City of Flint, Michigan water, filter distribution, and sample turn-in, in October 2016. USDA photo by Lance Cheung
Congress’s Flint nightmare ended last Friday, when the U.S. House Oversights and Government Reform committee closed its yearlong investigation into the city’s contaminated drinking water disaster. The committee’s assessment: the federal Environmental Protection Agency is to blame more than Michigan’s own leaders.
I’m quite sure Michigan Governor Rick Snyder is breathing a sigh of relief.
In his letter to the House Appropriations Committee closing the investigation, Representative Jason Chaffetz, Republican of Utah, found that the “federal regulatory framework is so outdated that it sets up states to fail.”
“Congress put EPA in this role as a backstop in the event that a state or territory failed to provide safe drinking water,” Chaffetz wrote. “In this case, however, even the federal safeguard failed Flint’s residents.”
“Flint’s city council was in a state of dysfunction. A former councilman who resigned in December 2015 after serving a decade on the council stated, ‘Chaos is not an effective governing style, and Flint is a shining example of that.’”
No, that’s it. The end.
Snyder’s glacial governance during the early stages of the crisis drew slings and arrows—and calls for his impeachment, even by fellow Republicans, from across the country. But that was then.
The year 2016 began with unseemly personal attacks that threatened to unravel the GOP. It ended with the party controlling the federal executive and legislative branches, thirty-two state legislatures, and thirty-three governorships. The GOP commands both the legislative and executive branches in twenty-four states.
The winning team is in a forgiving mood. Not only has the GOP re-embraced the Reagan Maxim that conservatives don’t eat their own, they’re going out of their way to spread the love downstream.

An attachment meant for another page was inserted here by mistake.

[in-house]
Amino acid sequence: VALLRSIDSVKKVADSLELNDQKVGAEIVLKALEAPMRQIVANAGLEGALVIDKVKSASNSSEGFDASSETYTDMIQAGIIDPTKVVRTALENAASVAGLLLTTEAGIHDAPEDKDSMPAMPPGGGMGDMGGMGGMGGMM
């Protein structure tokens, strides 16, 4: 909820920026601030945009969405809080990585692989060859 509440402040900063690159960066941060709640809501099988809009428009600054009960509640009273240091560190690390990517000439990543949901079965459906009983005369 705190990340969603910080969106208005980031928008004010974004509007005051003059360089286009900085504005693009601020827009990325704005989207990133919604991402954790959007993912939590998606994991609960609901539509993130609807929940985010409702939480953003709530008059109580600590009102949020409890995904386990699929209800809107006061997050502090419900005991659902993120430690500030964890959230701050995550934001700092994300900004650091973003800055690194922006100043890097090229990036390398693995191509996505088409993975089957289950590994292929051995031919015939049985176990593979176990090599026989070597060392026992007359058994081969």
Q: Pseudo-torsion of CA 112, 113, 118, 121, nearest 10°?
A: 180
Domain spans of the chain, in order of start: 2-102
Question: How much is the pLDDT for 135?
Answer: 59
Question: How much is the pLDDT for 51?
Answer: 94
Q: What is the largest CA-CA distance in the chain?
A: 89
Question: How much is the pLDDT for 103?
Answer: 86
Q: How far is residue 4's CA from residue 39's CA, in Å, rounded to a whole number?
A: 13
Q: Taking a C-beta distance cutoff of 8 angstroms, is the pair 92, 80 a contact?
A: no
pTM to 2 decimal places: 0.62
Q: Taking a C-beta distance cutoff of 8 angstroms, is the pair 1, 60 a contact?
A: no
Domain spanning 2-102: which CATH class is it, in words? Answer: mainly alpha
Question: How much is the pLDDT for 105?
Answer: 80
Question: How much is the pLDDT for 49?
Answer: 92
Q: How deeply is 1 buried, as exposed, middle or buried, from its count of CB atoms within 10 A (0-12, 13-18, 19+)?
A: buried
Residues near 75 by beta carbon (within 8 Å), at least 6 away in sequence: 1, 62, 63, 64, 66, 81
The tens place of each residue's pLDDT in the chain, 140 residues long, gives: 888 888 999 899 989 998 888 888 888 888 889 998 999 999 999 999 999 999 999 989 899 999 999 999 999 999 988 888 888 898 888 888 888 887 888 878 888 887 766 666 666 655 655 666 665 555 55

Chaffetz’s letter casts Snyder as a victim—forced to take over a bleak city with corrupt officials, bamboozled by low-level lackeys, and blocked by byzantine federal water regulations.
Despite these obstacles, Chaffetz contends, the governor has introduced “the world’s toughest” lead and copper rule. The state of Michigan also gets credit for indicting thirteen current or former state and local employees, including two emergency managers appointed by Snyder.
“Unlike Michigan, the EPA and the federal government have taken no action against the people responsible for the crisis,” Chaffetz wrote.
Protecting the governor from fallout after the state’s cheap-water policy poisoned Flint residents shows that what’s foul is fair when it comes to the most powerful. It’s an abuse of trust that Flint’s residents have seen before.
In fact, the problem with Flint’s water supply didn’t begin in 2014. Nope, it dates back to the 1930s, when pollutants lowered the oxygen level and killed off fish.
In 1960, the Michigan Water Resource Commission cited Flint for unlawful pollution of the river by commercial and industrial firms, including the city’s largest employer, General Motors.
In 1964, the U.S. Geological Survey noted “high levels of chloride in the river, which often comes from road salt,” the Detroit Free Press reported last January. By 1967, Flint decided to buy its water from Detroit, thus reducing the impetus to clean the Flint River.
And then, in 2014, following plant closures, falling tax revenue, and local government malfeasance, Flint was placed under state control. In a cost-saving move, the unelected manager pushed the city back to Flint River water. The water treatment system was inadequate and the failure poisoned Flint’s overwhelmingly poor and working-class residents. Children are especially susceptible to the long-term effects of lead poisoning.
And Flint is not alone. EPA data shows that 1,400 water systems around the country exceeded lead standards in the last three years. “The EPA estimates that roughly $384 billion is needed to replace and secure America’s drinking water infrastructure,” Chaffetz noted in his letter.
And now, the new President is in the process of placing this nation’s environmental protection in the hands of people who equate safeguards as an impediment to progress and profits.
What could go wrong?
Fredrick McKissack is a former Progressive associate editor, and a writing fellow for the Center for Community Change.